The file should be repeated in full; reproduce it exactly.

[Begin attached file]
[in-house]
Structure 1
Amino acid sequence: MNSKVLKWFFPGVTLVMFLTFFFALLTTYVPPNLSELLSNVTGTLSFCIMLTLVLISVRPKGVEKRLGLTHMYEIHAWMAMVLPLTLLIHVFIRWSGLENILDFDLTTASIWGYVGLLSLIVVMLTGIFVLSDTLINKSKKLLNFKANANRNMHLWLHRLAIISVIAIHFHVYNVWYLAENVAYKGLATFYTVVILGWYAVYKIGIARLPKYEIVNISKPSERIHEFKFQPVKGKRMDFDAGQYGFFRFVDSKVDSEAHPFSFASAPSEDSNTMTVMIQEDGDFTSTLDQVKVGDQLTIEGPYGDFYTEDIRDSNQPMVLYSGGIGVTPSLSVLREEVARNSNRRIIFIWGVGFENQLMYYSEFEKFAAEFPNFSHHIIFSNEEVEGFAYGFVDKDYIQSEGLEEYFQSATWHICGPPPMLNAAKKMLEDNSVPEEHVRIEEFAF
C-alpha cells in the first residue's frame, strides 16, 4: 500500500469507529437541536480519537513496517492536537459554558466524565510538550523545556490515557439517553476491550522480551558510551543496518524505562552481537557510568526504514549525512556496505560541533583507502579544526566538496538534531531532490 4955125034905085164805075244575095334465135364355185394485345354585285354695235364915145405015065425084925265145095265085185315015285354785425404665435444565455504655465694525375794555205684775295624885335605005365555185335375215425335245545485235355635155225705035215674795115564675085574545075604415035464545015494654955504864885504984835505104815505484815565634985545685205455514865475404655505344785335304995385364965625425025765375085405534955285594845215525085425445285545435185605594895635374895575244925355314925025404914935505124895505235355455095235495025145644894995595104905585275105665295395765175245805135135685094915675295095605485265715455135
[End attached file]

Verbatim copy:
[in-house]
Structure 1
Amino acid sequence: MNSKVLKWFFPGVTLVMFLTFFFALLTTYVPPNLSELLSNVTGTLSFCIMLTLVLISVRPKGVEKRLGLTHMYEIHAWMAMVLPLTLLIHVFIRWSGLENILDFDLTTASIWGYVGLLSLIVVMLTGIFVLSDTLINKSKKLLNFKANANRNMHLWLHRLAIISVIAIHFHVYNVWYLAENVAYKGLATFYTVVILGWYAVYKIGIARLPKYEIVNISKPSERIHEFKFQPVKGKRMDFDAGQYGFFRFVDSKVDSEAHPFSFASAPSEDSNTMTVMIQEDGDFTSTLDQVKVGDQLTIEGPYGDFYTEDIRDSNQPMVLYSGGIGVTPSLSVLREEVARNSNRRIIFIWGVGFENQLMYYSEFEKFAAEFPNFSHHIIFSNEEVEGFAYGFVDKDYIQSEGLEEYFQSATWHICGPPPMLNAAKKMLEDNSVPEEHVRIEEFAF
C-alpha cells in the first residue's frame, strides 16, 4: 500500500469507529437541536480519537513496517492536537459554558466524565510538550523545556490515557439517553476491550522480551558510551543496518524505562552481537557510568526504514549525512556496505560541533583507502579544526566538496538534531531532490 4955125034905085164805075244575095334465135364355185394485345354585285354695235364915145405015065425084925265145095265085185315015285354785425404665435444565455504655465694525375794555205684775295624885335605005365555185335375215425335245545485235355635155225705035215674795115564675085574545075604415035464545015494654955504864885504984835505104815505484815565634985545685205455514865475404655505344785335304995385364965625425025765375085405534955285594845215525085425445285545435185605594895635374895575244925355314925025404914935505124895505235355455095235495025145644894995595104905585275105665295395765175245805135135685094915675295095605485265715455135